There was a discussion on Facebook about Greg Barton’s speed comparisons. In this document, Greg compares the speed of various Epic kayaks over a 10km flat-water course. He gives estimated times for both himself, and a theoretical “Intermediate” paddler. Somebody pointed out that his “intermediate” paddler paddles the 10km course in 51:55 in a V10 Sport (my favoured boat). That’s 11.6 km/hr, or about 7.2 mph. Several paddlers I respect agreed that that’s an ok speed for an “intermediate” paddler.
I’ve been racing for over 10 years, and during the season I train 7-8 hours or more a week. I don’t think I could train more even if I were retired – it’s not a matter of time to train, but more about what my body will take before it falls apart. I’ve worked very hard with many great teachers to improve my technique and abilities. But in spite of all that, even when I’m not carrying all the extra weight I put on this year, I’m lucky to exceed 10.4-10.6 km/hr for a 10km race. It makes me very sad to think that I’m not considered an intermediate paddler. It makes me wonder why I ever bother.
But then I remember days like I talked about in Flow State where I just feel so connected with my boat and my body as I stroke through calm water. I guess I’ll just keep training and racing for myself, and try not to care if everybody is laughing at the slow fat load making a fool of himself.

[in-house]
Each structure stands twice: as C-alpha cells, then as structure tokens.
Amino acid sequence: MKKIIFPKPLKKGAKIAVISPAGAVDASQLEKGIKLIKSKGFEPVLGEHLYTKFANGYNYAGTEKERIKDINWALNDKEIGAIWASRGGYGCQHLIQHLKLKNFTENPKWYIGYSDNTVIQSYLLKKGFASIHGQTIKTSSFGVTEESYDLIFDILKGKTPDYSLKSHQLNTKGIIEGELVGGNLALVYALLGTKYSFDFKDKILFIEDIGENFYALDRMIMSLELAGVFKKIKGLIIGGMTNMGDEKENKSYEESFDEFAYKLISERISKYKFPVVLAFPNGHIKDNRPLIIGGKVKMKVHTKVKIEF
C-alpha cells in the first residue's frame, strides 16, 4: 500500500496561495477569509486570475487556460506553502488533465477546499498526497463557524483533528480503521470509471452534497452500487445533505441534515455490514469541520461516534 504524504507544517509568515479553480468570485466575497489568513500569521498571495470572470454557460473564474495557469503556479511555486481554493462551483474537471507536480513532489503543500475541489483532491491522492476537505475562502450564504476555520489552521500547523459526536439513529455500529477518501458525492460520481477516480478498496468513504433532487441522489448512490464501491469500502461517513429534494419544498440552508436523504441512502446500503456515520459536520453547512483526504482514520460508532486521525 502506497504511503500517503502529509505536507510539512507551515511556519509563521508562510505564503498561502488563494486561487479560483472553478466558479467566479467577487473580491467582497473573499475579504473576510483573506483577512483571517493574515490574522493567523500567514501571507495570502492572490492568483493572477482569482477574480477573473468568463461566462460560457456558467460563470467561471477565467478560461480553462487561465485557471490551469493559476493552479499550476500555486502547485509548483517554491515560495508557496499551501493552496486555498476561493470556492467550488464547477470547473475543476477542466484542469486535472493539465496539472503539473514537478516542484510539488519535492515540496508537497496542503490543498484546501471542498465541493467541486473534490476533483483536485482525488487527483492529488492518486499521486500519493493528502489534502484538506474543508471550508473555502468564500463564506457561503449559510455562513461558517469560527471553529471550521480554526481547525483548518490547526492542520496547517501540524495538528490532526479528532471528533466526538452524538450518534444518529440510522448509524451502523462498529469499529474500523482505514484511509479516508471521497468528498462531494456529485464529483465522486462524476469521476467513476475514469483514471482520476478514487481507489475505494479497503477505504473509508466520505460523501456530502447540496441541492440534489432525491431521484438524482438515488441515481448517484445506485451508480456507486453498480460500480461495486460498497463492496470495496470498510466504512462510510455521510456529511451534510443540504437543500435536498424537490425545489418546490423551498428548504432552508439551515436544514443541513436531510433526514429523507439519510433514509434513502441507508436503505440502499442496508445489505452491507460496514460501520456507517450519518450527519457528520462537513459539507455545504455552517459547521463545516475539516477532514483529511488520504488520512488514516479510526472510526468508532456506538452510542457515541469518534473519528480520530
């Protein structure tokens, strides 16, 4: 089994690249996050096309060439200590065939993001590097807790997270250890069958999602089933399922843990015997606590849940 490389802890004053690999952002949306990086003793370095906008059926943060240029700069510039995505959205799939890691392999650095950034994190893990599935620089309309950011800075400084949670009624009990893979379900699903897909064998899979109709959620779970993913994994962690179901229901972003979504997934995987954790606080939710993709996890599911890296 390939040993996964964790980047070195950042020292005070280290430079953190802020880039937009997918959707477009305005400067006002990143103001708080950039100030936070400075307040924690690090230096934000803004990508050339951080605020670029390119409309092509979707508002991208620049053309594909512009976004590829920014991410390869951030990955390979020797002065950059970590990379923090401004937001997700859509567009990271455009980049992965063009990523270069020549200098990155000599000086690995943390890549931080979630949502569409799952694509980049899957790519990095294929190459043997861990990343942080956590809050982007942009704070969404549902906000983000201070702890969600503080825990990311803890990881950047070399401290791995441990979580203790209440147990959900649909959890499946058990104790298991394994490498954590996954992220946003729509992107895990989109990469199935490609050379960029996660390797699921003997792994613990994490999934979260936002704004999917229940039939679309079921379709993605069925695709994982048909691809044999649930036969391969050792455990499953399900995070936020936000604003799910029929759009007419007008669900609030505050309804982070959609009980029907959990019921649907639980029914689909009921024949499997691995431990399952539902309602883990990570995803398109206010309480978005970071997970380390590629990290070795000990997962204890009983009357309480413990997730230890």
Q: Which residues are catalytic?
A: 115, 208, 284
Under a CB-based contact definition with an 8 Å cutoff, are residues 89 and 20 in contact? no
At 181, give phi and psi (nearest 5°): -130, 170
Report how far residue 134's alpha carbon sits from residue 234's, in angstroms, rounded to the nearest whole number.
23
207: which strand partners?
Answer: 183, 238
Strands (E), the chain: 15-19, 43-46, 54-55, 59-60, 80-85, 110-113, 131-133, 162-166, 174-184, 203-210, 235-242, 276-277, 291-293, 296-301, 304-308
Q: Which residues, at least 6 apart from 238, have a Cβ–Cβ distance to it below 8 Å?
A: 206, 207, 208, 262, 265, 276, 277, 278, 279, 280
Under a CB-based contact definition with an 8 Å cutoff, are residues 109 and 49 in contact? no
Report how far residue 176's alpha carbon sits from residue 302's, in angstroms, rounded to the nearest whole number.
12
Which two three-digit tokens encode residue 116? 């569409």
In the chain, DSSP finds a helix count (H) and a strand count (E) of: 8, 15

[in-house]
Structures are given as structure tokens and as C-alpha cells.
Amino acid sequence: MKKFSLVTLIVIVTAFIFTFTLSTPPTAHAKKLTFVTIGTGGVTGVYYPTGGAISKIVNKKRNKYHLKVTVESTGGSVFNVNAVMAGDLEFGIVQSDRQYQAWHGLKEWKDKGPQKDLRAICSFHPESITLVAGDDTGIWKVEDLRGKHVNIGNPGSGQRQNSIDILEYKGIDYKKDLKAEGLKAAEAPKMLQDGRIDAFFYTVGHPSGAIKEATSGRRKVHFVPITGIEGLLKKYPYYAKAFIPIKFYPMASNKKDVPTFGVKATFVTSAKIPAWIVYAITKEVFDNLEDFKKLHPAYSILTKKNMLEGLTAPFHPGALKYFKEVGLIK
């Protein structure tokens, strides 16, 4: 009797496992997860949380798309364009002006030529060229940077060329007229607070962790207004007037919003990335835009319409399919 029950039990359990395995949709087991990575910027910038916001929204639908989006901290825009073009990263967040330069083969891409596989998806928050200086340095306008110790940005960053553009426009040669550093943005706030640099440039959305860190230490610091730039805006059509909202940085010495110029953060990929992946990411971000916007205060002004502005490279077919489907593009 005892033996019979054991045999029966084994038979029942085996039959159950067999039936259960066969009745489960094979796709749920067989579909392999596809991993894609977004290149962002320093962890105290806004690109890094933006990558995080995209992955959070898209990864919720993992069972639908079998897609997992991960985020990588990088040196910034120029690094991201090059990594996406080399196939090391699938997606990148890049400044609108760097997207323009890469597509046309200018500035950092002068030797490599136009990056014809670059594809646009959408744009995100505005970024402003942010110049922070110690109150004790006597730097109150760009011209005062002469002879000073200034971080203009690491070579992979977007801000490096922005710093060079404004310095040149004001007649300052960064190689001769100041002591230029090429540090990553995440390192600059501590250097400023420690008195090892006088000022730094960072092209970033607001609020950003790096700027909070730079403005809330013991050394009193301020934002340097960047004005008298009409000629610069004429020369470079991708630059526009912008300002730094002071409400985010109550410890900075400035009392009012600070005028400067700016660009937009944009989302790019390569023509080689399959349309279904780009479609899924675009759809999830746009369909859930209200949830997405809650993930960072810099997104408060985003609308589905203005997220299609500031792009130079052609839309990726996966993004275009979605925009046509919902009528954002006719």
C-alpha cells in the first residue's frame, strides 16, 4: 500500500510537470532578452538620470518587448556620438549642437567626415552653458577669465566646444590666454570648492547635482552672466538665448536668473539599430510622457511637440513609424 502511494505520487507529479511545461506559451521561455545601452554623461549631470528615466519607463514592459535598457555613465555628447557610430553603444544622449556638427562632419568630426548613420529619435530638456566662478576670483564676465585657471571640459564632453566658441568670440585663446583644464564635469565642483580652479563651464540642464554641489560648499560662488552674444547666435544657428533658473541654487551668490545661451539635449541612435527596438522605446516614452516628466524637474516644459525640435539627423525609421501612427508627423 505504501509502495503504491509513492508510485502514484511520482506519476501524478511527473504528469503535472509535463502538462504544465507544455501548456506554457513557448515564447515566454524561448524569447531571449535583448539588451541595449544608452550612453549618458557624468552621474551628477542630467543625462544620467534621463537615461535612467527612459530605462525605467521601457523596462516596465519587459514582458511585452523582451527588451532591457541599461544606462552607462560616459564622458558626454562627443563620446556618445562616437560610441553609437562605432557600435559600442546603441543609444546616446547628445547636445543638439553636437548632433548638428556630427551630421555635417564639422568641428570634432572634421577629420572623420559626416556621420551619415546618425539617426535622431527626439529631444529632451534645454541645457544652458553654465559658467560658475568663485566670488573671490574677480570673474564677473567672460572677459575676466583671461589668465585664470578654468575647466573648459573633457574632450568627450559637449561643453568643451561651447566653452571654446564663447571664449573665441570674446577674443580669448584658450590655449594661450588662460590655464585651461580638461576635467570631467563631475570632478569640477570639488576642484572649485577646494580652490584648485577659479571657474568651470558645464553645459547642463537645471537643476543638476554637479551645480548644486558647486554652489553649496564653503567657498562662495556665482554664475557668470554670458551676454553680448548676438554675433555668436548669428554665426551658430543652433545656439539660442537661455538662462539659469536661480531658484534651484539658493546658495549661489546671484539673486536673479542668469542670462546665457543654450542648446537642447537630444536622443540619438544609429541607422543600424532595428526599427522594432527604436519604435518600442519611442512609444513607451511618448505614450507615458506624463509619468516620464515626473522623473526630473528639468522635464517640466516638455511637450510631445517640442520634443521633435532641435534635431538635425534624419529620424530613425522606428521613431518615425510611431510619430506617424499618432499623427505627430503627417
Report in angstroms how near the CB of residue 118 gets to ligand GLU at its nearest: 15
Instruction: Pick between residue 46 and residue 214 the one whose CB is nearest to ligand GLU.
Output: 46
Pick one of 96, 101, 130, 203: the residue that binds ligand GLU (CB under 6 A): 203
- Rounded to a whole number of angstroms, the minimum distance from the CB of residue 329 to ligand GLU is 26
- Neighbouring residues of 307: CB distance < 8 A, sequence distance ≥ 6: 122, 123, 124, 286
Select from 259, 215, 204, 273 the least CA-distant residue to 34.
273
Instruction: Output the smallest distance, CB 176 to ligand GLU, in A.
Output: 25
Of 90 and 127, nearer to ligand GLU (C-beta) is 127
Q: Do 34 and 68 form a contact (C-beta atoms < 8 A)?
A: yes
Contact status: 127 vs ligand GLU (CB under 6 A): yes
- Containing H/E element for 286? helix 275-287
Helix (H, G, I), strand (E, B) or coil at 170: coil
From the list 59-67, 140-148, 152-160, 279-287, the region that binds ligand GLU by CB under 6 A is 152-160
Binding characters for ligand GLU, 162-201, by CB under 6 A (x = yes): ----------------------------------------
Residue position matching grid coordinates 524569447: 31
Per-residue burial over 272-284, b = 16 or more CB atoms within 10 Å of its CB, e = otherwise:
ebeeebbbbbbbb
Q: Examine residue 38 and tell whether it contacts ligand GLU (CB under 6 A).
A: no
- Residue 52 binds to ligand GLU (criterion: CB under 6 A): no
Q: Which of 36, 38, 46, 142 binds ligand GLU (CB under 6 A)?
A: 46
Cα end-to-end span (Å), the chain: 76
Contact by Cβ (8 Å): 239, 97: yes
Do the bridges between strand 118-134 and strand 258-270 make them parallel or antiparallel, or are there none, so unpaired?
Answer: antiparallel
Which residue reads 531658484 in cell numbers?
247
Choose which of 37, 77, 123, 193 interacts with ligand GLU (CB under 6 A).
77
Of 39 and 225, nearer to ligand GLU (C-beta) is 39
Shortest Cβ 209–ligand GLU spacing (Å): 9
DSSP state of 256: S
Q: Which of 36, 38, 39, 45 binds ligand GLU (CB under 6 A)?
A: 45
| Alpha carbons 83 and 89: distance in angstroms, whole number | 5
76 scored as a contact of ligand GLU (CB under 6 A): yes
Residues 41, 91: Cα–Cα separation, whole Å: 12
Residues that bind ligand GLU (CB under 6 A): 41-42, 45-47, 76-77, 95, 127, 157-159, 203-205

In a dream last night, “we”, probably meaning all of surviving humanity, were surrounded by dog like creatures that were immortal, unkillable and unstoppable. And they hated us. There was a suggestion that they could sense our finite lives throughout their infinite ones whatever that means.
Every time they got into a room or a field or any other space, we’d barricade it off and consider it permanently lost, and anybody in that space was lost. There were scenes like in sinking war ships where we could see the people but we didn’t dare open a door to get them in case the dogs got to the door before we could close it again.
There was a very claustrophobic feel of the world shrinking as each space was lost and no chance of ever making gains.
At some point I had volunteers opening a door to make a small enclosed area inside the lost space, kind of like the old video game Qix, but I think I added that note of hope in a semi waking state rather than in the actual dream.
I can’t imagine why I’d dream such a hopeless dream in the middle of a global pandemic and a nation hurtling towards dictatorship.
One of the things I liked about the Garmin VIRB 360 camera is that they actually say “Constantly record for more than 1 hour on 1 charge5 — without overheating” on their product page, which shows a lot more concern for continuous recording than GoPro. They also sell a cradle that gives external power. So I thought I’d be all set for the sort of 2 – 3 hour recordings that have been my holy grail since I got into race videos.
I’ve been running various tests with different combinations of external batteries, and never seemed to get more than 1.5 hours. And today while running a test, I just happened to be looking at my camera when I displayed a “High temperature alert” on the screen just before it shut down. Well, again, I’ve got to give them props in handling high temps better than GoPro – GoPro usually don’t even give you a beep before they shut down for high temps.